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Within the ever-changing, never-improving world of health insurance, there is hidden a little gem called a Health Savings Account or HSA.  There are several requirements to be able to utilize an HSA that we will touch on in a bit, but the first is that you must be enrolled in a high deductible health insurance plan.  Every person’s situation is different, but if you have limited options and a high deductible plan is one of them, this information is for you. 

In order to have an HSA, you must be covered by a high deductible health insurance plan.  You must also not be covered by another health insurance and not be enrolled in Medicare.  Finally, you must not be another person’s dependent. 

One of the new additions to the IRS code is the increased amounts for the standard deductions. This helps a lot of people, but it also reduces the number of people who will itemize.  The new standard deduction($24,000 for a married filing joint couple) eliminates most people’s ability to write off their medical expenses.  By funding your HSA, you are using pretax money to pay your medical expenses,therefore you are technically still getting to write off those expenses.  The limits for contributions for 2018 will be$3,500 for a single plan and $7,000 for a family plan.  If you are age 55 or over, you can add $1,000 to either of those amounts as a catch-up contribution.  These contributions are made with pretax money, meaning that you save taxes for every dollar you put in an HSA.  In 2018, a married filing joint couple with a taxable income of $90,000 living in Iowa, contributing $7,000 to an HSA would save them $2,169 in tax!  The money inside the HSA can be invested and grow tax-free as well.  The funds inside are then available to reimburse you for any qualified medical expenses you incur.  When the funds come out of the account,growth and all, there is ZERO tax on any of it if it is for qualified medical expenses!  Anything pulled out the account that is not a qualified medical expense is subject to a 20% penalty and federal and state income tax.  To find out if a medical expense is a qualified expense click here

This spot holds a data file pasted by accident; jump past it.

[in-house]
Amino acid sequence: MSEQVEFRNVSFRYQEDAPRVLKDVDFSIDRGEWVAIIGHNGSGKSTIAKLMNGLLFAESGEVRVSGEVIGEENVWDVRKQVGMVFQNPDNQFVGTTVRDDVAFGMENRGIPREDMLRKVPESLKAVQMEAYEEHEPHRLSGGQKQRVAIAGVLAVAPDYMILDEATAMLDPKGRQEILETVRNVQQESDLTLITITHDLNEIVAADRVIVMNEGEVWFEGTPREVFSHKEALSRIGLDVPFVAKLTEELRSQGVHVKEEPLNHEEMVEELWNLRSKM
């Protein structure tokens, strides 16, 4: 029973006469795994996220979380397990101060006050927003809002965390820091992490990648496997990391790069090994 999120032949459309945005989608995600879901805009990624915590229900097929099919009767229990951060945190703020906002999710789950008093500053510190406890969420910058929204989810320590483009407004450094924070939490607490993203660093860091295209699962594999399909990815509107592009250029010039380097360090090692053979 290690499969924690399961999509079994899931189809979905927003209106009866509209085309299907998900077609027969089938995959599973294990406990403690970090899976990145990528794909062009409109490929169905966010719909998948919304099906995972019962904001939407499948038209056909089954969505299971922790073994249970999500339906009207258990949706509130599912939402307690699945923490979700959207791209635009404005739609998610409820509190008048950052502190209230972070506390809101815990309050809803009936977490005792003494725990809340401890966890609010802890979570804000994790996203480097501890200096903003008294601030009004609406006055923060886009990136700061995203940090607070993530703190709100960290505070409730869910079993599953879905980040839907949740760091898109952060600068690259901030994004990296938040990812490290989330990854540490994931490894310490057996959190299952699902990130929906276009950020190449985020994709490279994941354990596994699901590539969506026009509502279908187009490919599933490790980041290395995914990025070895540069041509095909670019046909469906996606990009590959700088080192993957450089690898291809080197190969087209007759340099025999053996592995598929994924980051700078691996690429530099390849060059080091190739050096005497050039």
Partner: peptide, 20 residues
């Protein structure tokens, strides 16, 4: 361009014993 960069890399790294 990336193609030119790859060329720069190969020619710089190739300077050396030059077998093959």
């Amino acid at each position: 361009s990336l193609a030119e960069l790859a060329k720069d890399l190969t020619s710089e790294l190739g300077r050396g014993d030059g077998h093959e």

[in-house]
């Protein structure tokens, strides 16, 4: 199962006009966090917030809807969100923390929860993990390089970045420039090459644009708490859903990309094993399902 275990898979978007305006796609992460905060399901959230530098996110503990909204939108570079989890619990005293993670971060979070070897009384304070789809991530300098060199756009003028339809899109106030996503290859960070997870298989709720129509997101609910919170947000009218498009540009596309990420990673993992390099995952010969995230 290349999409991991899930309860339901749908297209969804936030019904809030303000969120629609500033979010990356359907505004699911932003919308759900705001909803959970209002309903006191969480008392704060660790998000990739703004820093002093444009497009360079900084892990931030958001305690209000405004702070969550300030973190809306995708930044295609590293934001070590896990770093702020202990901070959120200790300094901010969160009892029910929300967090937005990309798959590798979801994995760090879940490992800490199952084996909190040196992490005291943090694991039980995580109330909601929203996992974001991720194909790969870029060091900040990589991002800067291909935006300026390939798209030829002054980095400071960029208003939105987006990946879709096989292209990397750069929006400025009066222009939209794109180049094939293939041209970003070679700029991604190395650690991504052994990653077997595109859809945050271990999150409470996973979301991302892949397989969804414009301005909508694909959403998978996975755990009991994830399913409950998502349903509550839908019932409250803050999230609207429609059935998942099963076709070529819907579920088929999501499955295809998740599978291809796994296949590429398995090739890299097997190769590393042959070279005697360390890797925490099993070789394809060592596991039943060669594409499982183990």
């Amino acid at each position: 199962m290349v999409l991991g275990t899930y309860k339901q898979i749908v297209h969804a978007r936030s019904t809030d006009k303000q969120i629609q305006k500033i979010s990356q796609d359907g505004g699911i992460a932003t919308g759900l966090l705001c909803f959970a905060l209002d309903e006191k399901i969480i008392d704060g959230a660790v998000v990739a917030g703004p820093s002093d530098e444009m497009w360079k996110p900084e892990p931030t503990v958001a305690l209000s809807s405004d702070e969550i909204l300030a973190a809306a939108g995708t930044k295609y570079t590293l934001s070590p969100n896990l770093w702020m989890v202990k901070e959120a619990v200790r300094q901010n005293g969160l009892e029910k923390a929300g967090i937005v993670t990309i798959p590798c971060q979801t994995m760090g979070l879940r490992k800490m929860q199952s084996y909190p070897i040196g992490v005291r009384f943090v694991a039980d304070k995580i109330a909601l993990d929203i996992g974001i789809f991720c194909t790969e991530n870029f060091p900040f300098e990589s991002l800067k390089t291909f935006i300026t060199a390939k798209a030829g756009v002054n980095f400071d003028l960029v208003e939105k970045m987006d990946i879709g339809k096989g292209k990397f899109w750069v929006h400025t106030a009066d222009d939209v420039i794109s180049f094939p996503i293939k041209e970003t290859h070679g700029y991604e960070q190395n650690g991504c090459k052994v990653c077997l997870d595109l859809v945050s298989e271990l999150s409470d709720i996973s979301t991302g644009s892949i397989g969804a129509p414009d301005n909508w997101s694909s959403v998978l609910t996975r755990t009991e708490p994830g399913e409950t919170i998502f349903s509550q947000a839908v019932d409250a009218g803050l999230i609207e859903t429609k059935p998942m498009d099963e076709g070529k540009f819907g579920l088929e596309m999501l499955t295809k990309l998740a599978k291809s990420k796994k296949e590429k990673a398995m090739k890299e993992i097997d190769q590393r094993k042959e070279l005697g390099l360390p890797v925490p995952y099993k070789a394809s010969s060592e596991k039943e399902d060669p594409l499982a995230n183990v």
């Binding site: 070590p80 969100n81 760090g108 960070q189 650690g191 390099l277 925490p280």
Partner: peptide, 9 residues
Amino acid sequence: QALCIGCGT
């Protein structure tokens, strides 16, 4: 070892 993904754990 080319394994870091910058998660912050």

Another interesting concept is an employer offered HSA deduction.  If you put money into your HSA through your wage, you not only get that as a deduction from your federal and state income tax, but you also get that prior to FICA taxes.  This saves you another 7.65% on the contribution.  So, using the same example as above, if you have funded the $7000 through your wage, you really save $2,704.10 in taxes!

One of the most unknown advantages to the HSA is the ability to utilize it as another retirement type account.  There are no income limitations for contributing.  So as long as you meet the qualifications above, you can defer income. You can also set up an account online that will allow you to invest your HSA in many different investment options, giving you the chance to earn additional money on your contributions. There is also no time limit to when you need to reimburse yourself for qualified medical expenses.  This allows you the opportunity to not only defer income but potentially receive a majority of that income in the future completely tax-free.  Here is a quick example of this.  Let’s make the following assumptions:  you are 40, you begin putting $7,000 a year away in an HSA, that money earns 5%, and you have $3,000 a year in qualified medical expenses.  If instead of reimbursing yourself for those expenses on an annual basis, you paid them out of pocket and save documentation of them you can reimburse yourself for them at retirement.  If retirement is at age 65,that means your HSA funds would be valued at around $270,000 and you could withdraw $75,000 completely tax-free and the remaining at ordinary income rates.  The HSA currently has no required minimum distributions either.  There is no one telling you that you have to withdraw funds and pay taxes, unlike a traditional IRA.    

Obviously, as mentioned at the start, this type of plan is not ideal for everyone, but I believe it’s an interesting concept that is not discussed often enough or in enough detail. If you have any questions, please don’t hesitate to ask.  I feel this information is so valuable that I managed to type this whole thing without throwing my laptop through a window,even though every time I type HSA my computer auto corrected it to HAS.  Edit… I have been informed by my proofreaders that I could click ‘learn’ on HSA and it would have saved me that hour spent changing them all.  This is a new laptop,the old one didn’t make it…